Moscow’s Euro-Atlantic strategy
Sergei Lavrov’s Munich speech as a program for Russian diplomacy
The 48th Munich Security Conference has not resonated in the media. The discord surrounding Syria and the upcoming presidential elections in Russia pushed news from Munich into the background. Meanwhile, Russian Foreign Minister Sergey Lavrov presented in his Munich speech a program for Russian diplomacy for the near term. One priority is signing a "peace pact" for Europe.
A European code of intergovernmental cooperation is not a new idea. Back in 1969 the USSR, with Finland’s backing, proposed holding a Conference on Security and Cooperation in Europe (CSCE). In 1990 Soviet diplomacy initiated the signing of the Paris Charter, which expressed the intention of CSCE members to construct a Europe without political and military blocks. In 1994 President Boris Yeltsin proposed "concentric security in Europe" at the Budapest Summit – an agreement between NATO, EU, OSCE and CIS. In the mid-1990s Russian diplomacy backed such an option as an alternative to NATO’s eastward expansion.
Now Moscow is reviving these previous projects. In 2009 the Russian Foreign Ministry presented a draft European Security Treaty (EST). The document provided for the indivisibility of security in the Euro-Atlantic region, the non-use of force and the establishment of crisis management in the OSCE format. In the winter of 2010 the NATO countries (first of all, Britain and Poland) froze negotiations on the document. But Sergey Lavrov in his Munich speech said that Russia does not consider the idea of a "European code of conduct" closed.
Moscow has two projects in its reserve. The first involves raising the status of informal Euro-Atlantic security initiatives. The second involves developing initiatives announced at the OSCE summit in Astana (December 2010). The members of this meeting formulated the task of creating a Euro-Atlantic and Eurasian security community, free of dividing lines, conflicts, and zones with differing levels of security. This approach leaves freedom in the preparation of documents on mutual obligations of all members in European security system.
Such a strategy has traditionally been met with a cautious attitude from the United States. Washington since the mid-1960s feared that Moscow is using such an agreement to undermine the U.S. security guarantee to Western Europe and, ultimately, the entire mechanism of NATO. Therefore, Russia's offer to enter into such an agreement has traditionally led to an overly emotional reaction by American diplomats.
U.S. concerns are not groundless. Russia's approach has traditionally been met with understanding in continental Europe. The Western European countries (including France) accept U.S. leadership. But they also seek to limit Washington's freedom of action through mutual agreements. In Paris, Berlin and Rome this strategy is called Euro-Atlantism.
In this sense, Russia's foreign policy strategy can also be called Euro-Atlantism. Russia recognizes the leadership of the United States in Europe, too. But Moscow is seeking to constrain Washington (and NATO countries in general) by a structure of stabilizing arrangements. These agreements could reduce the United States freedom to use force, establish a mechanism for joint NATO-Russia discussions of European security, and create a system of mutual obligations between Russia and NATO in the event of conflict with a third country. Such proposals have met with understanding in France, Germany, Italy and a number of smaller countries.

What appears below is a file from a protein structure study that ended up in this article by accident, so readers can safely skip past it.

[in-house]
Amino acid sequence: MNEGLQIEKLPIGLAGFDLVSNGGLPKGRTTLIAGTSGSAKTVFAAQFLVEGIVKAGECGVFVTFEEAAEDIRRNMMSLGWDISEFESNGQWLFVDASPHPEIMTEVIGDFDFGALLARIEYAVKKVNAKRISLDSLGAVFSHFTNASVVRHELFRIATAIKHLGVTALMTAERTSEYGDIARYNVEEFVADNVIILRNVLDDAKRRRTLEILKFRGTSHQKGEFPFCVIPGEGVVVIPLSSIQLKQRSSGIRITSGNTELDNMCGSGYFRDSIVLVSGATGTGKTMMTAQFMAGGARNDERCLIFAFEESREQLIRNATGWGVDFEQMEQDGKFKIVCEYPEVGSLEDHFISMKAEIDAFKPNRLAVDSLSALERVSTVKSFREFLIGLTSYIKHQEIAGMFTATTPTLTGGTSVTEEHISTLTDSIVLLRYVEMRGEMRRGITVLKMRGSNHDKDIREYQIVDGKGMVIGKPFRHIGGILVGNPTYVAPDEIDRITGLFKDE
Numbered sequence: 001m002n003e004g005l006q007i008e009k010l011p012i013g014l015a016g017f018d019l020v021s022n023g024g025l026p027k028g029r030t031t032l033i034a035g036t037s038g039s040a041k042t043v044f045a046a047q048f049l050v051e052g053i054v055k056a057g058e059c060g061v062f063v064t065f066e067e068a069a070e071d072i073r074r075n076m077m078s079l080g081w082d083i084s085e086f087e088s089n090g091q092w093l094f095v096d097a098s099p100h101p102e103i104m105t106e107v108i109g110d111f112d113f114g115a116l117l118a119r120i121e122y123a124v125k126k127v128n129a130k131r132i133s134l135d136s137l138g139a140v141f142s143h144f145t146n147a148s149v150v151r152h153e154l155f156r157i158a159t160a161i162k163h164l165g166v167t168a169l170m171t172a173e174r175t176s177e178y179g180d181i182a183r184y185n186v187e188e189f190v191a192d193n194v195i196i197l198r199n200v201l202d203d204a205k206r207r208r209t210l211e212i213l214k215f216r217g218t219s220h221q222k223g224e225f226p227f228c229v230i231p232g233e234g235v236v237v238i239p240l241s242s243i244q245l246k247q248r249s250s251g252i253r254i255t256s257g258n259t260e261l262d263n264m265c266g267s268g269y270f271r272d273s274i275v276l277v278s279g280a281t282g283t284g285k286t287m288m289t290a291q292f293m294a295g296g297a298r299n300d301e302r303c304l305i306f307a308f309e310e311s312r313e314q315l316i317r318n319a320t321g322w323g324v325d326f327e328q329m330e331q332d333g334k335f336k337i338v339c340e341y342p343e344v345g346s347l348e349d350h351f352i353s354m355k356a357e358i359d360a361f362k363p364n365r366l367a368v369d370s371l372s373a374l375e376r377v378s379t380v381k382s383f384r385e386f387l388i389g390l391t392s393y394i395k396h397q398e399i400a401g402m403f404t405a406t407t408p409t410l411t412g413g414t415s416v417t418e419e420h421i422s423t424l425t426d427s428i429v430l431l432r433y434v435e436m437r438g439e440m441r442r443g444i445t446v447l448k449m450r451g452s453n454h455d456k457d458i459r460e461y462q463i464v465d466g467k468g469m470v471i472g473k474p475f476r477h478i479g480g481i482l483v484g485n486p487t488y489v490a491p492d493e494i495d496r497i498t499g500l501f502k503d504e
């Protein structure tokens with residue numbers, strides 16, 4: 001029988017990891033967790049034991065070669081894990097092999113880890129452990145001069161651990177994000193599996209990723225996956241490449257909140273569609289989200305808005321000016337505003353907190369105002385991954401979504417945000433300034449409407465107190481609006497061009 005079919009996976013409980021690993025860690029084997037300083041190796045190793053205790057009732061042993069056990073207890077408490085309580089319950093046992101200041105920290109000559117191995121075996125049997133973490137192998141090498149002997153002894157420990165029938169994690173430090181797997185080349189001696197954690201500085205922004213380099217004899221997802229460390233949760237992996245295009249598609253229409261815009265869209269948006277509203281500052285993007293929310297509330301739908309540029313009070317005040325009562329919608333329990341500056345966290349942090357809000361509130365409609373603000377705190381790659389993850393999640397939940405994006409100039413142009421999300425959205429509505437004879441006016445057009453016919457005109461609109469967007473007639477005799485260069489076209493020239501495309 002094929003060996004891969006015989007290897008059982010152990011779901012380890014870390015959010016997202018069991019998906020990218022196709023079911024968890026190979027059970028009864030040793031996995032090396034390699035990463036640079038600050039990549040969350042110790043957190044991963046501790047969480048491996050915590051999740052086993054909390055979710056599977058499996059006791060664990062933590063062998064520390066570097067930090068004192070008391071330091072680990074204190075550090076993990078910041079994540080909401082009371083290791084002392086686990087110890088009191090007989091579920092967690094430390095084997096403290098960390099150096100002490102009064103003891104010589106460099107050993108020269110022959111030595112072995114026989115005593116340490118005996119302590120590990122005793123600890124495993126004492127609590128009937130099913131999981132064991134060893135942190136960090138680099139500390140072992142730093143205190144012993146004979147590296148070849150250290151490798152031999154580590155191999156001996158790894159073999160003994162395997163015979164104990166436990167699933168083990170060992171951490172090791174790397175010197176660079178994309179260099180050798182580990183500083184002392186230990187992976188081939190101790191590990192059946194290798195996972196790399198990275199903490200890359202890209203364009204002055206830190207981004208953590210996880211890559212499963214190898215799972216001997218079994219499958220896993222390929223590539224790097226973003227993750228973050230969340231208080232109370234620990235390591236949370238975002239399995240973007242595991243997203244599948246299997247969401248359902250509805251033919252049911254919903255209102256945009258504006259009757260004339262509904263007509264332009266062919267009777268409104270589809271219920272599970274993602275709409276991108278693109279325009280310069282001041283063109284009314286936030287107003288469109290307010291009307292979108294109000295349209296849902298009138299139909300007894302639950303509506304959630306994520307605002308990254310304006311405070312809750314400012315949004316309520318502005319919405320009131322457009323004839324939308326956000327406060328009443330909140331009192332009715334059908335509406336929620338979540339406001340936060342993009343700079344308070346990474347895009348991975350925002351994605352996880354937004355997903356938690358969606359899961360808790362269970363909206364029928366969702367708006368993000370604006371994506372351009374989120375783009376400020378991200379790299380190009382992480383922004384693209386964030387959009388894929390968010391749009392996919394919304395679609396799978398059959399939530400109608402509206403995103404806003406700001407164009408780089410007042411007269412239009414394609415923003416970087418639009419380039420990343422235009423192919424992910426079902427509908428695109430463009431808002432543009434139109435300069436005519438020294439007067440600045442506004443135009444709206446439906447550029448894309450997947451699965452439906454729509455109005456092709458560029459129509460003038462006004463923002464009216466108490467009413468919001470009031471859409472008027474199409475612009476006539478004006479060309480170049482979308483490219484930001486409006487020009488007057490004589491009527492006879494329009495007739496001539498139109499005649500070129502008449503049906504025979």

The problem is that the political situation in the early 2010s is less favorable than it was ten years ago due to the declining popularity of Euro-Atlantism in Europe and turn of the EU countries to Washington.
First, France under President Nikolas Sarokzi abandoned the concept of Gaullism as the foundation of its foreign policy. France’s return to NATO's military organization and the signing of a Franco-British treaty proved that Paris is defining a new role for himself – the role of junior partner to the United States and Britain.
Second, there is the weakness of the "European defense identity" project. In 2011 the Western European Union was formally dissolved. It should be replaced by the European Security and Defense Policy (ESDP) proclaimed in 1999. However, the EU failed to agree on the deployment European peacekeeping forces.
Third, the balance of power in the European Union has changed. The leading role went to the Franco-British tandem, which is more tied to Washington than the draft ESDP. Germany feels left out of the new tandem and it trying to expand contacts with Washington, including by joining the U.S. missile defense systems in Europe. The EU is becoming more "Atlantic" than it was in the early 2000s.
Implementing Russia’s Euro-Atlantic strategy in these conditions may be difficult. But the potential for cooperation between Russia and the EU remains. Can Moscow reverse the growing "Atlantic" bias in the policy of its European partners?
Alexei Fenenko is Leading Research Fellow, Institute of International Security Studies of RAS, Russian Academy of Sciences.
Views expressed are of individual Members and Contributors, rather than the Club's, unless explicitly stated otherwise.